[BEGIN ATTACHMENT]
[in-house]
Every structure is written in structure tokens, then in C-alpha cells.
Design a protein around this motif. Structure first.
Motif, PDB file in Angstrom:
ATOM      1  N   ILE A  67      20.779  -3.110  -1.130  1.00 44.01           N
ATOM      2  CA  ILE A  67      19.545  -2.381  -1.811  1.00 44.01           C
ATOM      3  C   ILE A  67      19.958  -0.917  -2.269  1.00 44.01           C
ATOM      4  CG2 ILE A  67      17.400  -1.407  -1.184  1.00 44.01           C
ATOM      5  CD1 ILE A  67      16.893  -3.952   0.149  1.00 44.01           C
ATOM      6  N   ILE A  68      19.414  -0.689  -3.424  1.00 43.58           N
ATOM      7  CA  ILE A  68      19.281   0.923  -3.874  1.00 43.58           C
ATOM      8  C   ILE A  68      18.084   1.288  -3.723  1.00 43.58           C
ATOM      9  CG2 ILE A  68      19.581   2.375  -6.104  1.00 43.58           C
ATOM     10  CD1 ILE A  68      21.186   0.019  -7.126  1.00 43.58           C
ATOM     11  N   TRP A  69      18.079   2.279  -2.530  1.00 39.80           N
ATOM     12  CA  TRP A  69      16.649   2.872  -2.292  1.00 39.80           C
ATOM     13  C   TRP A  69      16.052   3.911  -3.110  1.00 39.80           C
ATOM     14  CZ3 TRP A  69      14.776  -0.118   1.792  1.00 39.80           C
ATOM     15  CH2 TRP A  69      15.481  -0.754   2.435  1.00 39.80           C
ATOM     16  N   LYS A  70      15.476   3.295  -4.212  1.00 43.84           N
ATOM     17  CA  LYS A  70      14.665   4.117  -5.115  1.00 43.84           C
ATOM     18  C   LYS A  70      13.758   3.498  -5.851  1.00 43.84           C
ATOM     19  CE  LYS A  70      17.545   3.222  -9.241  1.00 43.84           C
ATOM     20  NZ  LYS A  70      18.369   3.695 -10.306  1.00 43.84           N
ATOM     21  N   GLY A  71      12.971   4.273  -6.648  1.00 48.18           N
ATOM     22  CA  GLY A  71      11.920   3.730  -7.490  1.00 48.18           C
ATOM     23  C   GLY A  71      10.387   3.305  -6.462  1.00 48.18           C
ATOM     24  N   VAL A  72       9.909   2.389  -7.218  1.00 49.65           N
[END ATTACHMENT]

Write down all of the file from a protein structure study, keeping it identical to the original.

[in-house]
Every structure is written in structure tokens, then in C-alpha cells.
Design a protein around this motif. Structure first.
Motif, PDB file in Angstrom:
ATOM      1  N   ILE A  67      20.779  -3.110  -1.130  1.00 44.01           N
ATOM      2  CA  ILE A  67      19.545  -2.381  -1.811  1.00 44.01           C
ATOM      3  C   ILE A  67      19.958  -0.917  -2.269  1.00 44.01           C
ATOM      4  CG2 ILE A  67      17.400  -1.407  -1.184  1.00 44.01           C
ATOM      5  CD1 ILE A  67      16.893  -3.952   0.149  1.00 44.01           C
ATOM      6  N   ILE A  68      19.414  -0.689  -3.424  1.00 43.58           N
ATOM      7  CA  ILE A  68      19.281   0.923  -3.874  1.00 43.58           C
ATOM      8  C   ILE A  68      18.084   1.288  -3.723  1.00 43.58           C
ATOM      9  CG2 ILE A  68      19.581   2.375  -6.104  1.00 43.58           C
ATOM     10  CD1 ILE A  68      21.186   0.019  -7.126  1.00 43.58           C
ATOM     11  N   TRP A  69      18.079   2.279  -2.530  1.00 39.80           N
ATOM     12  CA  TRP A  69      16.649   2.872  -2.292  1.00 39.80           C
ATOM     13  C   TRP A  69      16.052   3.911  -3.110  1.00 39.80           C
ATOM     14  CZ3 TRP A  69      14.776  -0.118   1.792  1.00 39.80           C
ATOM     15  CH2 TRP A  69      15.481  -0.754   2.435  1.00 39.80           C
ATOM     16  N   LYS A  70      15.476   3.295  -4.212  1.00 43.84           N
ATOM     17  CA  LYS A  70      14.665   4.117  -5.115  1.00 43.84           C
ATOM     18  C   LYS A  70      13.758   3.498  -5.851  1.00 43.84           C
ATOM     19  CE  LYS A  70      17.545   3.222  -9.241  1.00 43.84           C
ATOM     20  NZ  LYS A  70      18.369   3.695 -10.306  1.00 43.84           N
ATOM     21  N   GLY A  71      12.971   4.273  -6.648  1.00 48.18           N
ATOM     22  CA  GLY A  71      11.920   3.730  -7.490  1.00 48.18           C
ATOM     23  C   GLY A  71      10.387   3.305  -6.462  1.00 48.18           C
ATOM     24  N   VAL A  72       9.909   2.389  -7.218  1.00 49.65           N